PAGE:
How will it work as a series? Well, war has nearly been started between multiple countries, but I guess that’s the point of the show’s title, so things can only go belly up from here. This show needs to choose a direction and head in it, and this first episode was too scattered to suggest that it will be able to keep a firm handle on where it wants to go in the future.
How long will it last? The pilot did decently in terms of ratings, and it could be just the semi-intellectual counterpiece to time slot companion “Ballers,” which was watched by far more viewers. Despite iffy reviews, I think that this show is going to get picked up as an investment by HBO in more political comedy.

Pilot grade: C+

Pilot Review: Ballers

Ballers (HBO)
Premiered June 21 at 10pm

I knew it before I watched it, and everyone I’ve spoken to has described this as just like “Entourage” but about football rather than Hollywood. It’s extremely accurate, though I think that having an active interest in sports and appreciating all the cameos goes a lot further here than it did when you were simply watching four guys who coasted on fame in a big city without much discernable talent. What’s more worthwhile for me is seeing actors who I’ve seen in other projects get the opportunity to be featured here. I’ve always thought that the Rock was more talented than he got credit for, and so it’s good to see him taking on a role that isn’t entirely action-oriented. Omar Benson Miller, Rob Corddry, Troy Garity, and DulĂ© Hill are a foursome I would never have imagined together in any context, and I don’t think Arielle Kebbel even appeared in this episode. It’s good to know that there is talent involved, even if it’s not clear how they’ll be used. A half-hour felt long as an introduction to this show’s universe (though a friend and colleague said he felt the opposite, that a show like this needs a full hour to be able to truly set the stage), and I’m not terribly interested in investing in it. It’s only half an hour though, and there’s not so much on television at the moment, so I figure it’s worth giving HBO the benefit of the doubt and assuming that the kind of comedies they’re producing might be worth watching, even if this skews towards the less sophisticated of the series they’re presenting.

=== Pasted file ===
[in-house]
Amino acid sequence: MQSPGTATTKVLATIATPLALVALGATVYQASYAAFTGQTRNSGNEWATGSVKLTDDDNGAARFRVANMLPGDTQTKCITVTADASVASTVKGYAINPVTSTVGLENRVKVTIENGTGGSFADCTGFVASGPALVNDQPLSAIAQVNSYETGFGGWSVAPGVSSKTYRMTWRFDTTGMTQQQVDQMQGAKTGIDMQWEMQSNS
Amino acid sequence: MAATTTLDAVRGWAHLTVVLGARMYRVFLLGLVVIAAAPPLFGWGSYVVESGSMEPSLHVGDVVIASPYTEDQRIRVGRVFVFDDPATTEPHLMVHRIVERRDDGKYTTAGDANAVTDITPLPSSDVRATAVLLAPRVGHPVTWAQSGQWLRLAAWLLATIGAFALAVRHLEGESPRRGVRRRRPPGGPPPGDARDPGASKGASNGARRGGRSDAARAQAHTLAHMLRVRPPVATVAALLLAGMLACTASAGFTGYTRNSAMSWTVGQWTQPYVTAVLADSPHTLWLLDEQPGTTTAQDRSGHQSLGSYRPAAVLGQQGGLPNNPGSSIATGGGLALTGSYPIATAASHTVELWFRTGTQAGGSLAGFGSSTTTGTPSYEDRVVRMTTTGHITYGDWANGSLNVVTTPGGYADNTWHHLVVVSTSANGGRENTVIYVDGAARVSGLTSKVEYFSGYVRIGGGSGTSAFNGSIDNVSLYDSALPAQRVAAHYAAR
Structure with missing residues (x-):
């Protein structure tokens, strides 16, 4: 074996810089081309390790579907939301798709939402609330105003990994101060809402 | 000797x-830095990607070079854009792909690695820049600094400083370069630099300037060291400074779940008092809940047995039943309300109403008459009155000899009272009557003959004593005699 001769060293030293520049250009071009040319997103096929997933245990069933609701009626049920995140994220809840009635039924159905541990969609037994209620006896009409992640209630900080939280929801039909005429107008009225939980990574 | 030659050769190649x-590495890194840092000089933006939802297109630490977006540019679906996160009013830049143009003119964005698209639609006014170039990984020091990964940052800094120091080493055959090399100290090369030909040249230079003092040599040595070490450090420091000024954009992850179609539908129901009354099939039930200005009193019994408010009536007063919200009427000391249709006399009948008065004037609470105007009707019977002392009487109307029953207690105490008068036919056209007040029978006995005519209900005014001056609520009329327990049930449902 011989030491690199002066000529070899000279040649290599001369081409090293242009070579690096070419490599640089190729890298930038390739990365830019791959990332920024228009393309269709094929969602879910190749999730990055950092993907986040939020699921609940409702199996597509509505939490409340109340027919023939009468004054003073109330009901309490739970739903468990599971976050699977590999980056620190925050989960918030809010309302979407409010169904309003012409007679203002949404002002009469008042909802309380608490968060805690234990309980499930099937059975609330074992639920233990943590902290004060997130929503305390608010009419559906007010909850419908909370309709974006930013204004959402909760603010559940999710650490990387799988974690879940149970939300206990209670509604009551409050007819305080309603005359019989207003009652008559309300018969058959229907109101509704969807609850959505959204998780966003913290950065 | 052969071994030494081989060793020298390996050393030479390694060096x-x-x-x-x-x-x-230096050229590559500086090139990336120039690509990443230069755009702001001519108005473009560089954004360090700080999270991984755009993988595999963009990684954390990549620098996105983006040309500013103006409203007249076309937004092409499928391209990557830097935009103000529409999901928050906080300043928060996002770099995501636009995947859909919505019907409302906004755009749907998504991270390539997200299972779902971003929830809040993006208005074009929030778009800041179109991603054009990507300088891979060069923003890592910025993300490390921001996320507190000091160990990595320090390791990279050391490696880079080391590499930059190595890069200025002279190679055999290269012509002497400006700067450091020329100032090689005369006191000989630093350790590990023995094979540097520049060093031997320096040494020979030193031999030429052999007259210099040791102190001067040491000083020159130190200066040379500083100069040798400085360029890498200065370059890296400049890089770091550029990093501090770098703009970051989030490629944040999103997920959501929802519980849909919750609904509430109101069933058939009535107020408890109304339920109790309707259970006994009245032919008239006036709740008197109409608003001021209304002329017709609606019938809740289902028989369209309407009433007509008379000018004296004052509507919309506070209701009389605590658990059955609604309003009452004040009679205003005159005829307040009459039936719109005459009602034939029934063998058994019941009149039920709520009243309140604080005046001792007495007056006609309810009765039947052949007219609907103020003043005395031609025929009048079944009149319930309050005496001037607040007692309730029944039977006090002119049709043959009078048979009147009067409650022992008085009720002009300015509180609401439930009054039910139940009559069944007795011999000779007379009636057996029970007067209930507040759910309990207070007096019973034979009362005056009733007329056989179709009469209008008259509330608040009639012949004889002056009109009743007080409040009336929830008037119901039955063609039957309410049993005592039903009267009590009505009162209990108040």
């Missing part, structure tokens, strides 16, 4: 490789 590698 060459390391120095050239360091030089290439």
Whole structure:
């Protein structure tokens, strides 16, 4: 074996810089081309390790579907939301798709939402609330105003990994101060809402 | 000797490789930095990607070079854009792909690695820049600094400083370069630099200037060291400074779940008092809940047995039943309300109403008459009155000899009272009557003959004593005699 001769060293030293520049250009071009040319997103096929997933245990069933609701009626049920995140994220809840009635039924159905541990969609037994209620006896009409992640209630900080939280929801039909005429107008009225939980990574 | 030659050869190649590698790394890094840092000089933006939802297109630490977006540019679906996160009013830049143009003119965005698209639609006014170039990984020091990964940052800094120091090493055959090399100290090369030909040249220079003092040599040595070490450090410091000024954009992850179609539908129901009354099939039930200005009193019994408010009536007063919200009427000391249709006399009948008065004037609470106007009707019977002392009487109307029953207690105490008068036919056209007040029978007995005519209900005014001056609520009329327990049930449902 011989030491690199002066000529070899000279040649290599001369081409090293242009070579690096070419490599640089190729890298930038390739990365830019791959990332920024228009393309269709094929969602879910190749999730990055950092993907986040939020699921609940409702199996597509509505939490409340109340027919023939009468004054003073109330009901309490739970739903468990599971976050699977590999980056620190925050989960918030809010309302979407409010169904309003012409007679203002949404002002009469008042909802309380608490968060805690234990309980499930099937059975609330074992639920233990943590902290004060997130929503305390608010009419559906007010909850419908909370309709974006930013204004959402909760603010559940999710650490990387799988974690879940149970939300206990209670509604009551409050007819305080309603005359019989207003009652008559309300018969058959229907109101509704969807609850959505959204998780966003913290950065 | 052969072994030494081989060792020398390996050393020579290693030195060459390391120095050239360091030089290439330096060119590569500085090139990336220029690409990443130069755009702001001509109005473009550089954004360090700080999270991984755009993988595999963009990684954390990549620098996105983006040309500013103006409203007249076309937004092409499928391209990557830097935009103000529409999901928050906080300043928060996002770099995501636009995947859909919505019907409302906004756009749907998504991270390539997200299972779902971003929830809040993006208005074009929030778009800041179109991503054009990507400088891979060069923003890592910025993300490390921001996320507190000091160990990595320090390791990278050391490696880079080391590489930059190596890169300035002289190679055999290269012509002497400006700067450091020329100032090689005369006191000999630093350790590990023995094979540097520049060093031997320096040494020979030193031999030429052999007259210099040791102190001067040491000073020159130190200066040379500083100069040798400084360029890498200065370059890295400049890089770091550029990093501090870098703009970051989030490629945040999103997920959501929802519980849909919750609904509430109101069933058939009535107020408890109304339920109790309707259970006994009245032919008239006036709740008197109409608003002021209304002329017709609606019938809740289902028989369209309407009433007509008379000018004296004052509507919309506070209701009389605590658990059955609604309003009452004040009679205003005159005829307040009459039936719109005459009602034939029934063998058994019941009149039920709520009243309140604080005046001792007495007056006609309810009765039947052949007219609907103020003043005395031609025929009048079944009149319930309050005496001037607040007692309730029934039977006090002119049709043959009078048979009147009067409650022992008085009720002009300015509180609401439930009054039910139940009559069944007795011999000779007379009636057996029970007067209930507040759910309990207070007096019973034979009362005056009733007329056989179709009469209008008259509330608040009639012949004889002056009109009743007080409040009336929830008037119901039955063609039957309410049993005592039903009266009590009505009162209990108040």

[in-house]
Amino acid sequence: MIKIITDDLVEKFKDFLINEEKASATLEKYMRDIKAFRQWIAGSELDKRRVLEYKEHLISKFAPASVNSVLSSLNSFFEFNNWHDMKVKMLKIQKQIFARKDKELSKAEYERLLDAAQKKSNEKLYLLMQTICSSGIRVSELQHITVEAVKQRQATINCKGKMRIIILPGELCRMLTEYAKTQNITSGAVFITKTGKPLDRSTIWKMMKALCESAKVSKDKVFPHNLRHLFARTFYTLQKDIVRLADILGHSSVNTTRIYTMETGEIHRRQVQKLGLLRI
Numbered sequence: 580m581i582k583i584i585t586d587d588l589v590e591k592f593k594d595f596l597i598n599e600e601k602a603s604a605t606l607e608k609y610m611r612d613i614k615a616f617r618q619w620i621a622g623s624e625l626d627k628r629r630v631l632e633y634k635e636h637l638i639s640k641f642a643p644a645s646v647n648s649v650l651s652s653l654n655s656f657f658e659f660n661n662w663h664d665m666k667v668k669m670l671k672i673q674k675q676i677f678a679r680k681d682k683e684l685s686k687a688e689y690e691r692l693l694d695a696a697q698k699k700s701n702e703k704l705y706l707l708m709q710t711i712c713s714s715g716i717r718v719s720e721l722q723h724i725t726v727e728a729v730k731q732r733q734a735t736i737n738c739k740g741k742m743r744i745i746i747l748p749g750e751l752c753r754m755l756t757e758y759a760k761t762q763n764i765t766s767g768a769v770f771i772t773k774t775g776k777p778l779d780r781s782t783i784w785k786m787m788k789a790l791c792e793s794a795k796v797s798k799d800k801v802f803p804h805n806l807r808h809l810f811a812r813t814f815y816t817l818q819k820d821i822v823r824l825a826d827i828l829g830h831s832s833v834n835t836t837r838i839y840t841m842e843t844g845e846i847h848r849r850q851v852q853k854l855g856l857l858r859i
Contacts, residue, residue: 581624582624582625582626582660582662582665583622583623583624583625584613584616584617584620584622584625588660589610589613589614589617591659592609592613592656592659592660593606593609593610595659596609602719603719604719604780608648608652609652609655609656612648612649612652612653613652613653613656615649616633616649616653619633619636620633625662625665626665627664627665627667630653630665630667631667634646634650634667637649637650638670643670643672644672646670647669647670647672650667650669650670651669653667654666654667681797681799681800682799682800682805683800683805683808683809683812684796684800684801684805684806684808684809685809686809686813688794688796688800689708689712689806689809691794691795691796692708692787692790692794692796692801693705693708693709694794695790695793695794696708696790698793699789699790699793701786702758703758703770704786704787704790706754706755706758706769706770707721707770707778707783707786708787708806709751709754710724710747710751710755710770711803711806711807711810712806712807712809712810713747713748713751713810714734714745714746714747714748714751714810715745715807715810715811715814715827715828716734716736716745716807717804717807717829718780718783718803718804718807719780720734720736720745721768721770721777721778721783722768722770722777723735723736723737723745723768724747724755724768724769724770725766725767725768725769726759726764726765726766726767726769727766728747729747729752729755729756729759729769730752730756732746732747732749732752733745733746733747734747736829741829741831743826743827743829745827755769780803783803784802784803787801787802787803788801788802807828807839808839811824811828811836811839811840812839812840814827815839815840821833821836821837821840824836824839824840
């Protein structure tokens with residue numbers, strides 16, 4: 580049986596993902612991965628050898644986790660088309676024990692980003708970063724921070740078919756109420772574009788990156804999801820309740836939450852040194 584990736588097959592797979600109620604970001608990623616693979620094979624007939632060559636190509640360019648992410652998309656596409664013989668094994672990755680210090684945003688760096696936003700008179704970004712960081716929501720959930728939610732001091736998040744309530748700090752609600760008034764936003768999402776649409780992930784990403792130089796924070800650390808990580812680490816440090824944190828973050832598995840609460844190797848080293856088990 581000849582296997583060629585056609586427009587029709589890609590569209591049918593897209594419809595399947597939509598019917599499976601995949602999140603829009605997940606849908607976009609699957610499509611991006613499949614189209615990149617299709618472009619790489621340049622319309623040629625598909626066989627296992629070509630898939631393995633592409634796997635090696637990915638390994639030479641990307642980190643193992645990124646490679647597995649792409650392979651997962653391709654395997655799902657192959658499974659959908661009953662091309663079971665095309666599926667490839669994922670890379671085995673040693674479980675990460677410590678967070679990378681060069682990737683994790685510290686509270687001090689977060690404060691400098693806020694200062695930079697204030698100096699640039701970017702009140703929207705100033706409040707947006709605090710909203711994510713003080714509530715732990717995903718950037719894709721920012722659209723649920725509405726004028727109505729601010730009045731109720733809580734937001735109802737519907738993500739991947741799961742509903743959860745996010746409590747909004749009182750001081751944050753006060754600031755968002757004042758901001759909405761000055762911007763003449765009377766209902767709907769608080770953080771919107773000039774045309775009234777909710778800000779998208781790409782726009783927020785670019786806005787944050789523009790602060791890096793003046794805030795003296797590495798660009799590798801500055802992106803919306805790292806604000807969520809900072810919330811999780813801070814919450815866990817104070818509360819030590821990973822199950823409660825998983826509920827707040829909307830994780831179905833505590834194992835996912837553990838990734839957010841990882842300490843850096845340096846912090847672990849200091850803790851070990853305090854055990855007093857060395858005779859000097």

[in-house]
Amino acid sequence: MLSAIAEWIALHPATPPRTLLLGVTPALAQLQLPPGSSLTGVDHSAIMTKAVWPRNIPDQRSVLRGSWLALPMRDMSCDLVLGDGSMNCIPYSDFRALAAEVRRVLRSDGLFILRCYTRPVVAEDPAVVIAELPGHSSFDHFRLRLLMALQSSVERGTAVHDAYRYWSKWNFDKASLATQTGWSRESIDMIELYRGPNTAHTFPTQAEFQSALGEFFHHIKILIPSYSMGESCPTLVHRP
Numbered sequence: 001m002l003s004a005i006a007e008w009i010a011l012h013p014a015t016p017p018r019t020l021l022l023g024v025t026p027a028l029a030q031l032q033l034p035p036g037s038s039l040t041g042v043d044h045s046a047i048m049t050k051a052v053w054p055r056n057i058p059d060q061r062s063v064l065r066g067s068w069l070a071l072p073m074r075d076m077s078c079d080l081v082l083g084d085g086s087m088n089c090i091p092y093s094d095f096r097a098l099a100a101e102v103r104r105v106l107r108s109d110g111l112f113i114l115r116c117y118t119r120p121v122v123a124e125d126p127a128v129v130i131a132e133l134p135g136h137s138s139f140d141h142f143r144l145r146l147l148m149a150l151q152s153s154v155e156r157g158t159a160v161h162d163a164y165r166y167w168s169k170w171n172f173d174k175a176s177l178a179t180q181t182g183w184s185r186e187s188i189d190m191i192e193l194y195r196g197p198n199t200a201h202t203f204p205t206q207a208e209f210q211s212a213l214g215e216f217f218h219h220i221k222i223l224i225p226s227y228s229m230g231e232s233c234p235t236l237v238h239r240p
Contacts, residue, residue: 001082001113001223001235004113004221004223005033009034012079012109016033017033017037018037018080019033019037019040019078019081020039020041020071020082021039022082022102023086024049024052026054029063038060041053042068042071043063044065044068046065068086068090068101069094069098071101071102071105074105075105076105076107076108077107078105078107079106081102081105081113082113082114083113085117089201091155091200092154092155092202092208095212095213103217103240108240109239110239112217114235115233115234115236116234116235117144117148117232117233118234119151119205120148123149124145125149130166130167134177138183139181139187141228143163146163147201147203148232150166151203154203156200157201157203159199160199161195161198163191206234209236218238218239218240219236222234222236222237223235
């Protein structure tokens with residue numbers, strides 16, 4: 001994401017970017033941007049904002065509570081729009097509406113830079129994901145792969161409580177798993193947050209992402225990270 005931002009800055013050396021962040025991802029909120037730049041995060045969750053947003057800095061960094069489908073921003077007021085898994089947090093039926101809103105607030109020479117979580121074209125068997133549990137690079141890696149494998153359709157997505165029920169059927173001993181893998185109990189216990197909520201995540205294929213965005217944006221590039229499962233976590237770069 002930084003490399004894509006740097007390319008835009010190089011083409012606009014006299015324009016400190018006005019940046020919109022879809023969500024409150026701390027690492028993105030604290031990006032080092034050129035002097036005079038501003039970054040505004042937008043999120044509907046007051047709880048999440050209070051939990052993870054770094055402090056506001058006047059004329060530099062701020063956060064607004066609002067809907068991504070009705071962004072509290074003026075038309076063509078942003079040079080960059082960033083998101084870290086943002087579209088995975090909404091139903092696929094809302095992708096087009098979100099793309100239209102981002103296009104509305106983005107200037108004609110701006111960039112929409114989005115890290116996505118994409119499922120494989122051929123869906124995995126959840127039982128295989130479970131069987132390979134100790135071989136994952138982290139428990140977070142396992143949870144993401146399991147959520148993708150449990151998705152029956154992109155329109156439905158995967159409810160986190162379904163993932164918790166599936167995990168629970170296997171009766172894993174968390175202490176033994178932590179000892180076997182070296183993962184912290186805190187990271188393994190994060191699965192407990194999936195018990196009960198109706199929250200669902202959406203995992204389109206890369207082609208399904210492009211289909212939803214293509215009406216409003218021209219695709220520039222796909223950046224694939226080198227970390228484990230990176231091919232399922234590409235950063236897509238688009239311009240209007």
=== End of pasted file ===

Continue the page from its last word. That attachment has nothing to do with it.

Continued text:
How will it work as a series? The pilot identified a few key characters, with manager Spencer and screwup Ricky looking like the primary players. There will be ups and downs, scandals to manage, victories to celebrate, and plenty more, plus a whole lot of high-octane sports and personal drama, which might make this show appealing to a certain kind of audience.
How long will it last? Probably a long time. Even though it’s not as good as a lot of the other fare HBO has aired over the years, it did find many more viewers than the often niche programming the network offers does. A second season renewal should be coming along shortly.

Pilot grade: C+

Saturday, June 27, 2015

What I’m Watching: Happyish

Happyish: Season 1, Episode 9 “Starring Bill Hicks, Joseph McCarthy and Alfred Bernhard Nobel” (B+)

This show is becoming more and more poignant as it moves away from its main characters’ pent-up anger and towards the very legitimate issues they take with the way the world works. Larry’s suicide was a devastating way to open the episode, especially since his departure was relatively laced with comedy and seen as a natural cosmic follow-up to a productive career filled with hard and honest work. Thom has now become the stand-in for the sane person in the room, furious at the notion that his colleagues wanted to instill fear in the American people of an impending terrorist attack at any turn to compel them to enlist in the army. That the client agreed with him and was equally appalled at the idea was reassuring, but it’s clear that Thom isn’t long from being phased out of his job and the world in which he presently inhabits. Imagining himself as a game show host was particularly effective, and represents the latest successful move from oversexed elves and talking Geico geckos to something more subtle and strong. Lee taking Julius to Hebrew school was also an instance of maturity on her part, embracing the Judaism she often tries to shirk and balking not at the notion of religion but at Julius’ onslaught of questions she couldn’t hope to answer. It was an interesting moment in which she finally got serious and not so pessimistic about her outlook on life but still couldn’t figure out what to say to make sense of everything.

What I’m Watching: True Detective (Season Premiere)

True Detective: Season 2, Episode 1 “The Western Book of the Dead” (B-)